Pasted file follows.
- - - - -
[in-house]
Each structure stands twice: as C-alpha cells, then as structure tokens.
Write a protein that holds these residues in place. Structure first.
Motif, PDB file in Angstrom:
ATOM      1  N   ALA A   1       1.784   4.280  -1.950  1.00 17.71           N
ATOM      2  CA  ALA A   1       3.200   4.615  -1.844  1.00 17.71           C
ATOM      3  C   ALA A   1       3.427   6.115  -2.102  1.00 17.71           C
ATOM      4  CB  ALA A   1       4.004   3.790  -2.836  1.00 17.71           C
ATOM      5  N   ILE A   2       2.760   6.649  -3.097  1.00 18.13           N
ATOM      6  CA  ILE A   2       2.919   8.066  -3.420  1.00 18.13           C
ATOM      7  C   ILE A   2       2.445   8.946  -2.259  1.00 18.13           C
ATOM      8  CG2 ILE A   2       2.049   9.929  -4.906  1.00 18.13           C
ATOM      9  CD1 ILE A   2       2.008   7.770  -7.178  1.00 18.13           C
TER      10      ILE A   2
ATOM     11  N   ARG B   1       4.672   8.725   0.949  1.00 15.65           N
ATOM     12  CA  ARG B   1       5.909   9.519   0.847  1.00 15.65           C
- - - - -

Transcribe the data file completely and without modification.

[in-house]
Each structure stands twice: as C-alpha cells, then as structure tokens.
Write a protein that holds these residues in place. Structure first.
Motif, PDB file in Angstrom:
ATOM      1  N   ALA A   1       1.784   4.280  -1.950  1.00 17.71           N
ATOM      2  CA  ALA A   1       3.200   4.615  -1.844  1.00 17.71           C
ATOM      3  C   ALA A   1       3.427   6.115  -2.102  1.00 17.71           C
ATOM      4  CB  ALA A   1       4.004   3.790  -2.836  1.00 17.71           C
ATOM      5  N   ILE A   2       2.760   6.649  -3.097  1.00 18.13           N
ATOM      6  CA  ILE A   2       2.919   8.066  -3.420  1.00 18.13           C
ATOM      7  C   ILE A   2       2.445   8.946  -2.259  1.00 18.13           C
ATOM      8  CG2 ILE A   2       2.049   9.929  -4.906  1.00 18.13           C
ATOM      9  CD1 ILE A   2       2.008   7.770  -7.178  1.00 18.13           C
TER      10      ILE A   2
ATOM     11  N   ARG B   1       4.672   8.725   0.949  1.00 15.65           N
ATOM     12  CA  ARG B   1       5.909   9.519   0.847  1.00 15.65           C